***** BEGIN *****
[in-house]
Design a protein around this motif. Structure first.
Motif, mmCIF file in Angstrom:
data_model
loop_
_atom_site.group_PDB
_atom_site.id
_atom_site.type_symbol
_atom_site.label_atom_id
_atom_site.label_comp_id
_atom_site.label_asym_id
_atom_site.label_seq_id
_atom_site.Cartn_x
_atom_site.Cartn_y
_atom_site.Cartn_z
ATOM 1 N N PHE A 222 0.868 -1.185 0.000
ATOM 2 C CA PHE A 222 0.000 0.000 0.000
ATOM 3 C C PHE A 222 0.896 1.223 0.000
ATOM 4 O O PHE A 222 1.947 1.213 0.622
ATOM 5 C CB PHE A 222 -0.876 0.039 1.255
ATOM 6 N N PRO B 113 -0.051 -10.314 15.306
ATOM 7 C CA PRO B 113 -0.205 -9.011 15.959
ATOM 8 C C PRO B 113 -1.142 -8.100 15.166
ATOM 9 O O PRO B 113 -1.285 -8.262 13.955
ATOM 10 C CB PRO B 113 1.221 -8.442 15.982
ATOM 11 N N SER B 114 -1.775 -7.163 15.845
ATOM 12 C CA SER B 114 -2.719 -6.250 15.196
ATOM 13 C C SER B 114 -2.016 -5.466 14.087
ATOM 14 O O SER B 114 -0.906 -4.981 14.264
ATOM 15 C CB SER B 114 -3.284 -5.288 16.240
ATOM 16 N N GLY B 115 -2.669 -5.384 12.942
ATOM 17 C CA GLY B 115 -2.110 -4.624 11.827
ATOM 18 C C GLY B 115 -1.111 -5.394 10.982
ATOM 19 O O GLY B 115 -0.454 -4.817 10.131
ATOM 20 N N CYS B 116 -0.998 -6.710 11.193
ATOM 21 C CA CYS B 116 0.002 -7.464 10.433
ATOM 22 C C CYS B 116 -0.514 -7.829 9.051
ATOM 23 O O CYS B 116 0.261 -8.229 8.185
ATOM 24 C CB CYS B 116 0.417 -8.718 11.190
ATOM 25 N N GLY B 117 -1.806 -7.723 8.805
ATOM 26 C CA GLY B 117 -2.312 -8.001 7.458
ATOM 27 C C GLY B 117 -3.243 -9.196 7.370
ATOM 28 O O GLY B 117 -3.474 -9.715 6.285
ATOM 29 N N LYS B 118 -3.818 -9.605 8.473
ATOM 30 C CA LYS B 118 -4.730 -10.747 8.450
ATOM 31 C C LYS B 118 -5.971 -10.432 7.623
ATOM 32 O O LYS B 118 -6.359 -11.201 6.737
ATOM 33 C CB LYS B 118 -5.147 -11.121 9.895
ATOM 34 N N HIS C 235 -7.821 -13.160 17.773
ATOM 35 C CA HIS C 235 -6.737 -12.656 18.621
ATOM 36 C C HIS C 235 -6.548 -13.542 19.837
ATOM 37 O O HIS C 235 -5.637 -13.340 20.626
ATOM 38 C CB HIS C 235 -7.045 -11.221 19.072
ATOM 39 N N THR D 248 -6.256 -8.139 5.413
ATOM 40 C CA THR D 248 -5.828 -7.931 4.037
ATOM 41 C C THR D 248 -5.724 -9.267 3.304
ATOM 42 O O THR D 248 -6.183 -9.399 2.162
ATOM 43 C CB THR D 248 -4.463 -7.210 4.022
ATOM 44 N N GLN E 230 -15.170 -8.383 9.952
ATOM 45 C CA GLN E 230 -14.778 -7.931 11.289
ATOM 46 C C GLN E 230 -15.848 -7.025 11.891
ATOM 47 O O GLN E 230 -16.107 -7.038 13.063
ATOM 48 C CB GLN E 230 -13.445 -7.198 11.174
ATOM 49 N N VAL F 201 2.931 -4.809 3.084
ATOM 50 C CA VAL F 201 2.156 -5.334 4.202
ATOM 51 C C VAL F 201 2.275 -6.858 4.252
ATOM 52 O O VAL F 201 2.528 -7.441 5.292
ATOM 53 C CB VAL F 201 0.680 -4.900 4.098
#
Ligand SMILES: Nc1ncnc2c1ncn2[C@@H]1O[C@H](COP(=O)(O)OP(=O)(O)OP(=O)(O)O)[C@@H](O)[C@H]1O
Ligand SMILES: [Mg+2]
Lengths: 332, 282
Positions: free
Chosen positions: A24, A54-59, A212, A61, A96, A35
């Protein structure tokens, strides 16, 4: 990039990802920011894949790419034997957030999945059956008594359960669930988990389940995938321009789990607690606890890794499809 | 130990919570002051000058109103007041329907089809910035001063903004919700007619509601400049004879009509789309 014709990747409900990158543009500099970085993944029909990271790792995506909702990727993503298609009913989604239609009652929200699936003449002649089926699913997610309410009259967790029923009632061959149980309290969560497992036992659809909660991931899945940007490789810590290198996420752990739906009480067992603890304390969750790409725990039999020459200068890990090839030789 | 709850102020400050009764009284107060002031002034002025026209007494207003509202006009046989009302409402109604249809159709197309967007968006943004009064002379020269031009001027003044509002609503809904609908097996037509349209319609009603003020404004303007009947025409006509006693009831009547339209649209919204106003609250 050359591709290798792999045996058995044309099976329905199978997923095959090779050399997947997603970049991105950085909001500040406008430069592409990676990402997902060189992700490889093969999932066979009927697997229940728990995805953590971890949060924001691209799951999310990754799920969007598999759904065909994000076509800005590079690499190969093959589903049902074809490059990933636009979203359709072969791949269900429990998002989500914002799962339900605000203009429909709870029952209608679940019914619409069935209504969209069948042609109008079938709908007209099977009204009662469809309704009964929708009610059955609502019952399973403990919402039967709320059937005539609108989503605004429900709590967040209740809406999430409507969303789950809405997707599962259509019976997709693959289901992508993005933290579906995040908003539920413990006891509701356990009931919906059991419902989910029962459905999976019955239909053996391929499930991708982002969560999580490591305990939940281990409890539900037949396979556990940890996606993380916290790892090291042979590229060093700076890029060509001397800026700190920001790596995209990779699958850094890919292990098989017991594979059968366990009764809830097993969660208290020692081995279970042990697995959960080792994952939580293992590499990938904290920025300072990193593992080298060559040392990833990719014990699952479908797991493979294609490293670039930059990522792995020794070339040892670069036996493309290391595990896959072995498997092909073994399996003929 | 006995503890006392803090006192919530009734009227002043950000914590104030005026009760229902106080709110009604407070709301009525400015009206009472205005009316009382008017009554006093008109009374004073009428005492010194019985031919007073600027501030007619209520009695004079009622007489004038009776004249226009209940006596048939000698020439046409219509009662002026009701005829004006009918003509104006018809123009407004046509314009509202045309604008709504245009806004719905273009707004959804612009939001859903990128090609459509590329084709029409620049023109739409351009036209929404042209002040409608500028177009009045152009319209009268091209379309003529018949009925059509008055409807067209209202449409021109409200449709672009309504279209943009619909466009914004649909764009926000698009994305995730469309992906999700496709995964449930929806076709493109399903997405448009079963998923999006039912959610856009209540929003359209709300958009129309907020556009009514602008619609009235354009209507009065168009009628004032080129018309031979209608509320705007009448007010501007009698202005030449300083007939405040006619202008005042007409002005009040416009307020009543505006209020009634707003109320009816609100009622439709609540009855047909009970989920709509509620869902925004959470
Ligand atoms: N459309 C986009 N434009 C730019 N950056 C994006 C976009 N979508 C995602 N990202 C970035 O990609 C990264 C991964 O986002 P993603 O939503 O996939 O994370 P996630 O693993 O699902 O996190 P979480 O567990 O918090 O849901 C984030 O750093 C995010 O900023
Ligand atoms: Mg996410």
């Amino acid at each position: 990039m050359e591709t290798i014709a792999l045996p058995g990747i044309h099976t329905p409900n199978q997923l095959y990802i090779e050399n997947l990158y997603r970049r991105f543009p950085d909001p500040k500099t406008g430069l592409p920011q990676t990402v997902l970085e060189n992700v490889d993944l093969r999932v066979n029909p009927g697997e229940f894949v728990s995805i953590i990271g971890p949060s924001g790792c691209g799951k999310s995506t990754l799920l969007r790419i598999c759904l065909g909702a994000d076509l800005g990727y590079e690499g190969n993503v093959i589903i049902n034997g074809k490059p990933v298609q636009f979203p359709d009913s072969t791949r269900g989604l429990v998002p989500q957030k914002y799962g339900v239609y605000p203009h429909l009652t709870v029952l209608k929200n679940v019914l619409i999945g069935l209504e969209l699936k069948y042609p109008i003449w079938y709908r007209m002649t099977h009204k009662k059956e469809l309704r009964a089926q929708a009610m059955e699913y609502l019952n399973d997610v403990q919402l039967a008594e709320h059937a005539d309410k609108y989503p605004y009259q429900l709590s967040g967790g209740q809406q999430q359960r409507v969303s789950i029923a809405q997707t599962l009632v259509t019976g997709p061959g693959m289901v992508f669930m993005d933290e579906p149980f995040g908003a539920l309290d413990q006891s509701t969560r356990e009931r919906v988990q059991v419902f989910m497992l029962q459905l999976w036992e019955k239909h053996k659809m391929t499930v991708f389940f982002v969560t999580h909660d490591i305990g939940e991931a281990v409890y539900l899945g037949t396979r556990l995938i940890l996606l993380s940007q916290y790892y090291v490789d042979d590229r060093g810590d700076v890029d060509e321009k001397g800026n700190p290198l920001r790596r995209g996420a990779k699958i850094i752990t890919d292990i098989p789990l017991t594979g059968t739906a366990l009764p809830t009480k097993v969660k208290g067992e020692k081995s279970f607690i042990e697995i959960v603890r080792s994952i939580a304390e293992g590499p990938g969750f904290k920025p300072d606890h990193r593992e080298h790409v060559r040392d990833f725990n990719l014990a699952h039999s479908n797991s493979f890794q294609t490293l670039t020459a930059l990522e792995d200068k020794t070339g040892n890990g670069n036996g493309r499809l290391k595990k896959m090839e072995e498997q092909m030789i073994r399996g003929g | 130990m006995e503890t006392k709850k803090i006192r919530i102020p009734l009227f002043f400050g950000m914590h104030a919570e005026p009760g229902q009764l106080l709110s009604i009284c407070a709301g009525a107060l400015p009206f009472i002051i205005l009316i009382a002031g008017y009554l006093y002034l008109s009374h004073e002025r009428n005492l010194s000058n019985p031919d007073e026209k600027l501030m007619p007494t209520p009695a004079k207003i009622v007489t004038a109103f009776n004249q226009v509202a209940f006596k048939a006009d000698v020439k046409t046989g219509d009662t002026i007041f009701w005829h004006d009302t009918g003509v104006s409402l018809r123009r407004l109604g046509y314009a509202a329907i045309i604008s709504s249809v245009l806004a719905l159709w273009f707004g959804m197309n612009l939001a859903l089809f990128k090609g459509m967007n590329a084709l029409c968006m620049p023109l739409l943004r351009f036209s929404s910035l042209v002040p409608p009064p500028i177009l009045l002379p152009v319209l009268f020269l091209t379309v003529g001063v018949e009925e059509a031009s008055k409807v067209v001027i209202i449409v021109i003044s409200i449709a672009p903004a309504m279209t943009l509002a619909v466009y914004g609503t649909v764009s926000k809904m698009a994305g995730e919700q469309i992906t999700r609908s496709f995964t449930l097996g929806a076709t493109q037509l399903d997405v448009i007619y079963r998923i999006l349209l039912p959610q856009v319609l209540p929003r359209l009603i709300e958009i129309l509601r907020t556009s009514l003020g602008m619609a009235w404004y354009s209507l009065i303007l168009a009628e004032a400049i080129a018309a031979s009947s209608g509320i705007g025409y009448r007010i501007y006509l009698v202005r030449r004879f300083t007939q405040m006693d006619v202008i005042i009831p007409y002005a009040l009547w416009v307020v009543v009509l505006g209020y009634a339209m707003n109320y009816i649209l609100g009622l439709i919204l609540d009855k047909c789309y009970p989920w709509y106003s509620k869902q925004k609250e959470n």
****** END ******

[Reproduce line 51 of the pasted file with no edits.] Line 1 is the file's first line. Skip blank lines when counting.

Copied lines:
ATOM 36 C C HIS C 235 -6.548 -13.542 19.837